In testament to the amazing power of humanity to adapt, I have adapted to being here. My life is wildly different than it was a year ago, but at the same time it has become normal. It is normal to wash my clothes by hand and cook over fire. It is normal to not have cell phone service or internet. It is normal to eat taro and island cabbage and papaya. It is normal to wake up at 6 am and go to bed at 9 pm. It is normal to walk two or three or four miles a day. It is normal to live in a house of woven bamboo. It is normal to drink kava. It is normal to speak Bislama.
Now instead of looking at a group of five kids with four articles of clothes between them and thinking, “Those kids are nekkid!” Jason sees a picture of my cousins and says, “Those kids have too many clothes!” (One of the girls was wearing pants AND a skirt. Excessive I tell you!)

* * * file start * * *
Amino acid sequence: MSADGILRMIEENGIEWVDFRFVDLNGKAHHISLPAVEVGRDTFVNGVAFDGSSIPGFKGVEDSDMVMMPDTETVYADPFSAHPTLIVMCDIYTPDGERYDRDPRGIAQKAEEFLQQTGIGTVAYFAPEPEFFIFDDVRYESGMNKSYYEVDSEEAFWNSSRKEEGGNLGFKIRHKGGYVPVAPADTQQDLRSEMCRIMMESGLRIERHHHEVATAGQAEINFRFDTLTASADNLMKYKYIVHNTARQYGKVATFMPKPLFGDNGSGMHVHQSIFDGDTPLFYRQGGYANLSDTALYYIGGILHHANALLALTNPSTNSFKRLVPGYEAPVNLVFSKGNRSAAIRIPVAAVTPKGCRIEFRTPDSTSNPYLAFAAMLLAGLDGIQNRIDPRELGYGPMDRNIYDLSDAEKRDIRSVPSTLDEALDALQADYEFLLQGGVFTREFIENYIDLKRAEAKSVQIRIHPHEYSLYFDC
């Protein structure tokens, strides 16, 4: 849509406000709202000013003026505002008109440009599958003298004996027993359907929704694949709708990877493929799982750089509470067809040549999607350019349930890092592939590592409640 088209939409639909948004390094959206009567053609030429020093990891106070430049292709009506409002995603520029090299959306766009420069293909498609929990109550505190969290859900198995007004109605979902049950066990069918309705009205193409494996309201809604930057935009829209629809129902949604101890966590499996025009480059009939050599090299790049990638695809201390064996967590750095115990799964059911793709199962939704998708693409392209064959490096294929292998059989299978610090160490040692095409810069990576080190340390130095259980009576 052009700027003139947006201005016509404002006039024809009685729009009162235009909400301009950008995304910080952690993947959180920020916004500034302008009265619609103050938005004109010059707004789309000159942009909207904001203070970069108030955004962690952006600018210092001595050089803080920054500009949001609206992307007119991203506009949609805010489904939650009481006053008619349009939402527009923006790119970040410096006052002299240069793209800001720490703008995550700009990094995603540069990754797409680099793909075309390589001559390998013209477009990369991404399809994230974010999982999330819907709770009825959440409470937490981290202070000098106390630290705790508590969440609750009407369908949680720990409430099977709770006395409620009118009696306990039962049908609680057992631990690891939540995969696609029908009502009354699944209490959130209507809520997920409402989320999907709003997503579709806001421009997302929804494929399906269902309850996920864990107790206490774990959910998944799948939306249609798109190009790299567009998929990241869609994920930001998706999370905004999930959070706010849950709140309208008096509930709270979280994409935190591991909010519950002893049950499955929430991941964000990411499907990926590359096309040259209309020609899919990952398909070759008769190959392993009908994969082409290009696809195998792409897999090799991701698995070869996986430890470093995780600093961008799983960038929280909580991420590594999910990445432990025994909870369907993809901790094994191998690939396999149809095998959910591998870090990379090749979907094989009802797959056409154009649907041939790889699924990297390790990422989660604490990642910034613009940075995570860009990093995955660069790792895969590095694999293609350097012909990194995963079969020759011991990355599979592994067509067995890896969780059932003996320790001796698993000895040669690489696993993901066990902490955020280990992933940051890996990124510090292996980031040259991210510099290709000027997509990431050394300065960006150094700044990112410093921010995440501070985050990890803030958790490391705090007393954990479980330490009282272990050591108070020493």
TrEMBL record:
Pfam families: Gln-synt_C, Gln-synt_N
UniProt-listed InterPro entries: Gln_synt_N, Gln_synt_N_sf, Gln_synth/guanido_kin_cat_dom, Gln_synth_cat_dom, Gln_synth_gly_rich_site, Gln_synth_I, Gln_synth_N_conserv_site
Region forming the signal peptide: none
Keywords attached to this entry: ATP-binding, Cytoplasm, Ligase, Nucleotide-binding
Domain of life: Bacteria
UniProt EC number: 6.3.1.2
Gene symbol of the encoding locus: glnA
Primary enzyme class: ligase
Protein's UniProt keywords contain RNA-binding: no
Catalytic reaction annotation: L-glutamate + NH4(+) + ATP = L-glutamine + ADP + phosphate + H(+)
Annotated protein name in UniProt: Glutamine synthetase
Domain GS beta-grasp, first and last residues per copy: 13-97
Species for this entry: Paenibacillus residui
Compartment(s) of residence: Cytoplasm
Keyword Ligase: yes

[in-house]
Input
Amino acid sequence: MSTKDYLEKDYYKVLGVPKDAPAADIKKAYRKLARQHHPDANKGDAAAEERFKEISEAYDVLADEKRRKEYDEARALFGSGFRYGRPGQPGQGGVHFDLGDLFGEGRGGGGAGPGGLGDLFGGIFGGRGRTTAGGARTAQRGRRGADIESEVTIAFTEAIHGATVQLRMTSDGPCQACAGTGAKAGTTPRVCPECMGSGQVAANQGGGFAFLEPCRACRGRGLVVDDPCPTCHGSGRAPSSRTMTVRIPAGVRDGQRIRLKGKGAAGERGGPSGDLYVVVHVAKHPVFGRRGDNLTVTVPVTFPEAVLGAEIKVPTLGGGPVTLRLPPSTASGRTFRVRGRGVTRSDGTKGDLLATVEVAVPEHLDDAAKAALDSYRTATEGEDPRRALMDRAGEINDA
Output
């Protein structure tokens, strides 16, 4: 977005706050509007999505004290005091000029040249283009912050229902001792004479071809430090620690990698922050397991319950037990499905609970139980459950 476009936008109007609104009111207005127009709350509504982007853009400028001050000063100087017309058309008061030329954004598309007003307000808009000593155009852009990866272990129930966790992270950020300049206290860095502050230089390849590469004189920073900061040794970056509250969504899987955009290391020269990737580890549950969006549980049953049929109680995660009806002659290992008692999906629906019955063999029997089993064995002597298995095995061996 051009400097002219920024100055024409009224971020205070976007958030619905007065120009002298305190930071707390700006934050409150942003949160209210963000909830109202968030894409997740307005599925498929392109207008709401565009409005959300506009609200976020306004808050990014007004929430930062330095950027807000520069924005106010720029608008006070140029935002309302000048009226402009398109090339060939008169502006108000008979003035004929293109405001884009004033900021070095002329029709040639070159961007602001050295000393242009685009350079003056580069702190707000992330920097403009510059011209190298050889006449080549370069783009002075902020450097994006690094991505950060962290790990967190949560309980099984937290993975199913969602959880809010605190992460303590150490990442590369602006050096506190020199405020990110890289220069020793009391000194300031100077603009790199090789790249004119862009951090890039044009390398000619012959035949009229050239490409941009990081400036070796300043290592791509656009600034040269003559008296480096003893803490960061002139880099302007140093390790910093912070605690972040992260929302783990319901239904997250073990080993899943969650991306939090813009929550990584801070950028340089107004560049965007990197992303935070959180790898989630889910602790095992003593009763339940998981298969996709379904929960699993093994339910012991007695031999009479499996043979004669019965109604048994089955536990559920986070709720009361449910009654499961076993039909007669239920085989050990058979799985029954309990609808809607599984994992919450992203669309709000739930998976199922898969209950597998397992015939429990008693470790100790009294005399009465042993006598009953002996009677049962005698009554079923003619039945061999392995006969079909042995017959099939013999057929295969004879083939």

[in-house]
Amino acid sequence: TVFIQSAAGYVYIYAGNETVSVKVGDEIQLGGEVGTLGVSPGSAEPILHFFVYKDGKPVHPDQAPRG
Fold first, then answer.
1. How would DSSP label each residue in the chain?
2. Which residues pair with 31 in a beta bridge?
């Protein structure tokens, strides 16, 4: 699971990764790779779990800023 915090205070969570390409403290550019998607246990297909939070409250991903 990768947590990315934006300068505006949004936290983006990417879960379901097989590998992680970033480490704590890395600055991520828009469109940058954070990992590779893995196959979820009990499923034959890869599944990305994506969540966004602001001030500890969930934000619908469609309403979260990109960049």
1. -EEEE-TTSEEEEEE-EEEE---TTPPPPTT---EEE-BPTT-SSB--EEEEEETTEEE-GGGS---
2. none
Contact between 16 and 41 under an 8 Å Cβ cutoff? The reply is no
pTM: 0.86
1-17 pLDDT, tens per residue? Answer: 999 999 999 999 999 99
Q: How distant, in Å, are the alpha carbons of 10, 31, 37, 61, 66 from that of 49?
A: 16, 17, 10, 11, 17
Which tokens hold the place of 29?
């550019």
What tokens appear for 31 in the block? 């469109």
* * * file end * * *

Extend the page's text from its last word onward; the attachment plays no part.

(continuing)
Or, I walk outside in the wee hours of the morning to find Alexandra laying in the hammock watching the ceiling. I ask her if she’s afraid the lizard will fall on her and she says, “No, I’m afraid the crab will fall on me.” I laughed and kept walking, never mind the crab living in my ceiling. He hasn’t fallen on me yet.
My life is different and yet I have nothing to report. I’m losing site of the things that used to strike me as bizarre and hilarious. I still get those moments, but they are fewer and further between. Don’t worry, I’ll keep posting. Jason has plenty of philosophical rants to go on.
|This, however, has not yet become normal. It’s still amazing.|